Peripheral Vascular Disease
Peripheral vascular disease is a narrowing of blood vessels that restricts blood flow. It mostly occurs in the legs, but is sometimes seen in the arms.
Peripheral vascular disease includes a group of diseases in which blood vessels become restricted or blocked. Typically, the patient has peripheral vascular disease from atherosclerosis. Atherosclerosis is a disease in which fatty plaques form in the inside walls of blood vessels. Other processes, such as blood clots, further restrict blood flow in the blood vessels. Both veins and arteries may be affected, but the disease is usually arterial. All the symptoms and consequences of peripheral vascular disease are related to restricted blood flow. Peripheral vascular disease is a progressive disease that can lead to gangrene of the affected area. Peripheral vascular disease may also occur suddenly if an embolism occurs or when a blot clot rapidly develops in a blood vessel already restricted by an atherosclerotic plaque, and the blood flow is quickly cut off.
Causes and symptoms
There are many causes of peripheral vascular disease. One major risk factor is smoking cigarettes. Other diseases predispose patients to develop peripheral vascular disease. These include diabetes, Buerger's disease, hypertension, and Raynaud's disease. The main symptom is pain in the affected area. Early symptoms include an achy, tired sensation in the affected muscles. Since this disease is seen mainly in the legs, these sensations usually occur when walking. The symptoms may disappear when resting. As the disease becomes worse, symptoms occur even during light exertion and, eventually, occur all the time, even at rest. In the severe stages of the disease the leg and foot may be cold to the touch and will feel numb. The skin may become dry and scaly. If the leg is even slightly injured, ulcers may form because, without a good blood supply, proper healing can not take place. At the most severe stage of the disease, when the blood flow is greatly restricted, gangrene can develop in those areas lacking blood supply. In some cases, peripheral vascular disease occurs suddenly. This happens when an embolism rapidly blocks blood flow to a blood vessel. The patient will experience a sharp pain. followed by a loss of sensation in the affected area. The limb will become cold and numb, and loose color or turn bluish.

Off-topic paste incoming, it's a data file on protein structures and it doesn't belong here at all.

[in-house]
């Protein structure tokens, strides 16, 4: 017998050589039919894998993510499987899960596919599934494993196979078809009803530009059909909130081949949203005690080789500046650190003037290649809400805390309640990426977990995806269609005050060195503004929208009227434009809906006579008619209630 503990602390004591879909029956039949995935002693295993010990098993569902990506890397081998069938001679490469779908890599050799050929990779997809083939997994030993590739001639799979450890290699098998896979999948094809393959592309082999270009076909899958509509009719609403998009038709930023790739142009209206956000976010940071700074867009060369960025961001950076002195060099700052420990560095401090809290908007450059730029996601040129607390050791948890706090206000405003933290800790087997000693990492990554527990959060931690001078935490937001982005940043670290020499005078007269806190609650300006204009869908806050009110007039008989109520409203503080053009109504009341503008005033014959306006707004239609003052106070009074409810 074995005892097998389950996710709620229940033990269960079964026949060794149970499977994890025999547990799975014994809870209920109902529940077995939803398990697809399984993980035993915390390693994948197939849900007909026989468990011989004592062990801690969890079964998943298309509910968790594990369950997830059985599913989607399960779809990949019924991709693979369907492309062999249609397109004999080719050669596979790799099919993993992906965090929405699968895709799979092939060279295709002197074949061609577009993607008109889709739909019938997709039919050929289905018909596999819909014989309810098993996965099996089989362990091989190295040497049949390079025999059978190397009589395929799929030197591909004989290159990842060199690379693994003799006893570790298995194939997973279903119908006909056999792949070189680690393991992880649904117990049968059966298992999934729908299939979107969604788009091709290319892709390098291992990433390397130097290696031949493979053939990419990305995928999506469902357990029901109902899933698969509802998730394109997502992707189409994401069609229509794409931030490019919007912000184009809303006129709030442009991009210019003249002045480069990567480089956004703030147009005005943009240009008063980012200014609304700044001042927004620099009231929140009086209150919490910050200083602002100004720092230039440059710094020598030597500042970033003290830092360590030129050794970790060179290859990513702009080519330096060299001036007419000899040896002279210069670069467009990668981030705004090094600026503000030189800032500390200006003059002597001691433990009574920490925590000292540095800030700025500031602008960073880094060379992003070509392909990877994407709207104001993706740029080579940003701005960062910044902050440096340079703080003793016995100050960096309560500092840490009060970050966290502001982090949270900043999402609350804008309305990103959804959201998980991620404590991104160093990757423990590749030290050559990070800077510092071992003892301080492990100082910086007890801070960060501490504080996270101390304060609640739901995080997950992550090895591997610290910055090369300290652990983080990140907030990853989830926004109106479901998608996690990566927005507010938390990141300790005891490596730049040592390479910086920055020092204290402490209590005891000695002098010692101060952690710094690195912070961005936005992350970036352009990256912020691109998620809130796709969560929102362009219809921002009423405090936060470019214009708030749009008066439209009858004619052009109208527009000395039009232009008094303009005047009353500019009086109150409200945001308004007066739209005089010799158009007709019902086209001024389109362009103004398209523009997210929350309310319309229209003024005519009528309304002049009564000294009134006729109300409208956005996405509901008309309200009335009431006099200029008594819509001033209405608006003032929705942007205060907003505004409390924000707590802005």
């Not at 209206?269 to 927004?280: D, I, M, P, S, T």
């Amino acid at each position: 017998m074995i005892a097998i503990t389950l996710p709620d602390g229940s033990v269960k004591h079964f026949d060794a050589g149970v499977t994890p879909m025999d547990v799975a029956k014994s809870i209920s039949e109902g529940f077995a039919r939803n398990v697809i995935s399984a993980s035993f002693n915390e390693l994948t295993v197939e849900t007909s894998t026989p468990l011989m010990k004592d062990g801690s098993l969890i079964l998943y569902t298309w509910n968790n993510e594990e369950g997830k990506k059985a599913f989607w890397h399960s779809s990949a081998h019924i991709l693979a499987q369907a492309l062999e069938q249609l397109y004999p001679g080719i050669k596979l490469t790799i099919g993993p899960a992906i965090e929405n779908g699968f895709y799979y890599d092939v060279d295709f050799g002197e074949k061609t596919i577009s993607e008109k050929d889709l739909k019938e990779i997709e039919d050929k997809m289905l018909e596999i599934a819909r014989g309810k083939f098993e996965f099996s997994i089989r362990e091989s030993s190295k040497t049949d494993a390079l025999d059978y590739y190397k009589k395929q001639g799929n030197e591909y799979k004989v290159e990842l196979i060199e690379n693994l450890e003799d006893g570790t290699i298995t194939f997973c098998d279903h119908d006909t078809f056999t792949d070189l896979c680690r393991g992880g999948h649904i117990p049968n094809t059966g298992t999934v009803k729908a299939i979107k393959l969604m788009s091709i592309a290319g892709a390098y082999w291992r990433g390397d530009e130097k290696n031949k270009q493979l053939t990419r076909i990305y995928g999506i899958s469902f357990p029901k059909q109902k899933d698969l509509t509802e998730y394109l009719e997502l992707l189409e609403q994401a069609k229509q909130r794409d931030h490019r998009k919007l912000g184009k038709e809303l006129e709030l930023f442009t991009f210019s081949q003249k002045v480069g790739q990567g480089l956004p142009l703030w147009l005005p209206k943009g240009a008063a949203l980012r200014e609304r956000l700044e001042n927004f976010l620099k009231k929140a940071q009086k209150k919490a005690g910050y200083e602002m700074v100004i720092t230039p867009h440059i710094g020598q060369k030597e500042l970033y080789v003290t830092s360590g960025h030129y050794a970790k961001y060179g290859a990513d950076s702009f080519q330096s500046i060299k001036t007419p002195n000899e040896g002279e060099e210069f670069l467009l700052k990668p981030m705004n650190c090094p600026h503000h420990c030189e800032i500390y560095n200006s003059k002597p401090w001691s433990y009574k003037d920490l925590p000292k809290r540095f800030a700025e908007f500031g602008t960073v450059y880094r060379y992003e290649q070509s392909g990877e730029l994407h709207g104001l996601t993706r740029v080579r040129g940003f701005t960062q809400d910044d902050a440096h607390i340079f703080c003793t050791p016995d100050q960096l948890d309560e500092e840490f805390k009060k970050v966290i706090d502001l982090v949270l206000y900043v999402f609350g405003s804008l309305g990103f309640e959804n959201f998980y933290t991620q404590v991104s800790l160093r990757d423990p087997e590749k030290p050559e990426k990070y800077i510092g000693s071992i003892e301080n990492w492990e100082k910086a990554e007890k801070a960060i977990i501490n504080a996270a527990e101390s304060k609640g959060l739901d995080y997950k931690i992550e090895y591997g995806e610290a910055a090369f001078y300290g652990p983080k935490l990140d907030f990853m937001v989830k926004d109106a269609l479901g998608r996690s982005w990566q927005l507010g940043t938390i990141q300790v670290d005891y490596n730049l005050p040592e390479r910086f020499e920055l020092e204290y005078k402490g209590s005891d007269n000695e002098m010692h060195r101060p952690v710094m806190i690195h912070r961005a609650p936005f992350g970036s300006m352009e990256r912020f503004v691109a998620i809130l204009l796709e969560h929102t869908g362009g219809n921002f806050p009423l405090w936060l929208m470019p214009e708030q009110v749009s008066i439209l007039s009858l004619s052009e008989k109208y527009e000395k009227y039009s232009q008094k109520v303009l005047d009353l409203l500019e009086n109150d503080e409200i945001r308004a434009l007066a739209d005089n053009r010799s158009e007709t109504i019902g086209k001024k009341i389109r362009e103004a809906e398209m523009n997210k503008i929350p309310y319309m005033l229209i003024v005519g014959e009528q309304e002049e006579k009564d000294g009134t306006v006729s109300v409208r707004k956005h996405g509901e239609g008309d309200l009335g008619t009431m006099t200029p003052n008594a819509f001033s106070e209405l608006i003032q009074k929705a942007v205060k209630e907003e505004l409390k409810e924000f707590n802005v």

Peripheral vascular disease can be diagnosed by comparing blood pressures taken above and below the point of pain. The area below the pain (downstream from the obstruction) will have a much lower or undetectable blood pressure reading. Doppler ultrasonography and angiography can also be used to diagnose and define this disease.
If the person is a smoker, they should stop smoking immediately. Exercise is essential to treating this disease. The patient should walk until pain appears, rest until the pain disappears, and then resume walking. The amount of walking a patient can do should increase gradually as the symptoms improve. Ideally, the patient should walk 30–60 minutes per day. Infections in the affected area should be treated promptly. Surgery may be required to attempt to treat clogged blood vessels. Limbs with gangrene must be amputated to prevent the death of the patient.
The prognosis depends on the underlying disease and the stage at which peripheral vascular disease is discovered. Removal of risk factors, such as smoking, should be done immediately. In many cases, peripheral vascular disease can be treated successfully but coexisting cardiovascular problems may ultimately prove to be fatal.
Alexander, R. W., R. C. Schlant, and V. Fuster, eds. The Heart. 9th ed. New York: McGraw-Hill 1998.
Berkow, Robert, ed. Merck Manual of Medical Information. Whitehouse Station, NJ: Merck Research Laboratories, 1997.
Embolism—The blockage of a blood vessel by air, blood clot, or other foreign body.
Plaque—A deposit, usually of fatty material, on the inside wall of a blood vessel.
John T. Lohr, PhD